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The Race Beat: The Press, the Civil Rights Struggle, and the Awakening of a Nationby Gene Roberts
Synopses & Reviews
An unprecedented examination of how news stories, editorials and photographs in the American press—and the journalists responsible for them—profoundly changed the nations thinking about civil rights in the South during the 1950s and ‘60s.
Roberts and Klibanoff draw on private correspondence, notes from secret meetings, unpublished articles, and interviews to show how a dedicated cadre of newsmen—black and white—revealed to a nation its most shameful shortcomings that compelled its citizens to act. Meticulously researched and vividly rendered, The Race Beat is an extraordinary account of one of the most calamitous periods in our nations history, as told by those who covered it.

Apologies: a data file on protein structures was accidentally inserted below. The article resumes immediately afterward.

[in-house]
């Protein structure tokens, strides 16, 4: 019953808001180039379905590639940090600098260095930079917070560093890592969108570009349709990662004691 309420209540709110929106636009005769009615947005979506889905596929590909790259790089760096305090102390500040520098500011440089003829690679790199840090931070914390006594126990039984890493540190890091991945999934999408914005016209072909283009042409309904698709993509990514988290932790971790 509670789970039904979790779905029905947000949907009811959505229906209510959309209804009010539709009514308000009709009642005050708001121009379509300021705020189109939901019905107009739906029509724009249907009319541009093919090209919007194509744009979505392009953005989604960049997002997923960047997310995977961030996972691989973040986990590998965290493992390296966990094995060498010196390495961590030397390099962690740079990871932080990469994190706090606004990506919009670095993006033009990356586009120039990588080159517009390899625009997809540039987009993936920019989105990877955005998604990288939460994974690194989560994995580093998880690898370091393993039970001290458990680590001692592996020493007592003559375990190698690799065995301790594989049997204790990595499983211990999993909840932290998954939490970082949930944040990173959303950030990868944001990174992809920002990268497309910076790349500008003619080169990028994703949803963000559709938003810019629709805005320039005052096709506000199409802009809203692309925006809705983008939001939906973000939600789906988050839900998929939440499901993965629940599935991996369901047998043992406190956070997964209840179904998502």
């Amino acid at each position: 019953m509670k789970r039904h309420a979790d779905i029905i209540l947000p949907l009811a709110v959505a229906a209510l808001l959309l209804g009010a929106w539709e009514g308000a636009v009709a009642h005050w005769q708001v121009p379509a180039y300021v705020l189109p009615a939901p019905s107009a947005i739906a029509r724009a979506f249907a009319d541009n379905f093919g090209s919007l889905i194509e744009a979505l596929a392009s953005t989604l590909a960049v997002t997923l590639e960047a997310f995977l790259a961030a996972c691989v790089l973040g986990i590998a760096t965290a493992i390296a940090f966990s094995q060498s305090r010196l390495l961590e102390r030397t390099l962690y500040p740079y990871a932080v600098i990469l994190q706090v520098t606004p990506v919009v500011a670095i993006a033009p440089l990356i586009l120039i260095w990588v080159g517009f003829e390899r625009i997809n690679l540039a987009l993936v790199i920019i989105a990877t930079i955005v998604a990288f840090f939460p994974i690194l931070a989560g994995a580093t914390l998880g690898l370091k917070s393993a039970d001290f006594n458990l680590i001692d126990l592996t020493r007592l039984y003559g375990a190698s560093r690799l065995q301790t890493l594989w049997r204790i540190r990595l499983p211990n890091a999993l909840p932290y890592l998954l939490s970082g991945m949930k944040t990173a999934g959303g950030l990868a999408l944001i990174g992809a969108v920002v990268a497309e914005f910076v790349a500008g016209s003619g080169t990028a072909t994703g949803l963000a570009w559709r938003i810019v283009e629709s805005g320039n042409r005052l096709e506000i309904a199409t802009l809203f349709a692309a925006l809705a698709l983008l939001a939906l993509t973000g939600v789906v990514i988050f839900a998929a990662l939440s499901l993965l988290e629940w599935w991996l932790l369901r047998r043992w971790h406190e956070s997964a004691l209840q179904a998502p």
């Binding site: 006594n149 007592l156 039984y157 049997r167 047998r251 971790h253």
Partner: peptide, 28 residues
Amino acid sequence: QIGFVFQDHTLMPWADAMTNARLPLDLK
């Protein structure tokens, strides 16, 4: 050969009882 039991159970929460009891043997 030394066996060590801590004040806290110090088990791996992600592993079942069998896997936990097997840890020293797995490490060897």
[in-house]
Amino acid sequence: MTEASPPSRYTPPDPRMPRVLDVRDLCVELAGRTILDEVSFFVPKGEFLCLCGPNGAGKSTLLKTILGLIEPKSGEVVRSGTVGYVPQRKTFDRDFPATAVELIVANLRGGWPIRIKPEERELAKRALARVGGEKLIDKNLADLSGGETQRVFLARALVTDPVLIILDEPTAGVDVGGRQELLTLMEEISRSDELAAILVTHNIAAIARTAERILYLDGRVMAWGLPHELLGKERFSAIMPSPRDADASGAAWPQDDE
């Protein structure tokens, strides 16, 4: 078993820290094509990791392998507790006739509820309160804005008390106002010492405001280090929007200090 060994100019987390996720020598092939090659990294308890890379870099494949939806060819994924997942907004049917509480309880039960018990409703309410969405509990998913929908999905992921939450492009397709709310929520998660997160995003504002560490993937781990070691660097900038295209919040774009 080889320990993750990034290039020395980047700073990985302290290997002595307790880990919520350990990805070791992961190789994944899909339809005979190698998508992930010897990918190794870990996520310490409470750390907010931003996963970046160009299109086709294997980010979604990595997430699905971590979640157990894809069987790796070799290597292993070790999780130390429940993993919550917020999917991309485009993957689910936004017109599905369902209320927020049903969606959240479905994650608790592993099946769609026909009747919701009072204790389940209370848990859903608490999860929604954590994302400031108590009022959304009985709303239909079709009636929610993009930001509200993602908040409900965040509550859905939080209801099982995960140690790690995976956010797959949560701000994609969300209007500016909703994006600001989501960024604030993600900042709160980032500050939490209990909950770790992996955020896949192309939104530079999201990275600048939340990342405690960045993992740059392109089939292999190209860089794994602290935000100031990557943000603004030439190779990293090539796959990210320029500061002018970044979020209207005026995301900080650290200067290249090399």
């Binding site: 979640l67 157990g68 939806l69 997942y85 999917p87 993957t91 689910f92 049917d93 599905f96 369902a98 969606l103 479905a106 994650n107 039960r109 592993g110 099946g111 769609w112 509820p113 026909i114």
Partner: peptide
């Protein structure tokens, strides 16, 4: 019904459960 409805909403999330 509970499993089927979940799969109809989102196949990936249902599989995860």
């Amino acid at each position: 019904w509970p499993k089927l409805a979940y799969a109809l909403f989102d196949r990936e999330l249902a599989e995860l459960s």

About the Author
Gene Roberts is a retired journalism professor at the University of Maryland, College Park. He was a reporter and editor with the Detroit Free Press, The Raleigh, N.C., News & Observer, Norfolk Virginian-Pilot and The Goldsboro News-Argus before joining The New York Times in 1965, where until 1972 he served as chief Southern and civil rights correspondent, chief war correspondent in South Vietnam, and national editor. During his 18 years as executive editor of The Philadelphia Inquirer, his staff won 17 Pulitzer Prizes. He later became managing editor of the Times.A native of Alabama, Hank Klibanoff is the Managing editor/news at The Atlanta Journal-Constitution. He is the former Deputy Managing Editor for ThePhiladelphia Inquirer, where he worked for 20 years. He was also a reporter for three years at the Boston Globe and six years in Mississippi for The Daily Herald, South Mississippi Sun (now the Sun-Herald) and the Greenville Delta Democrat Times.
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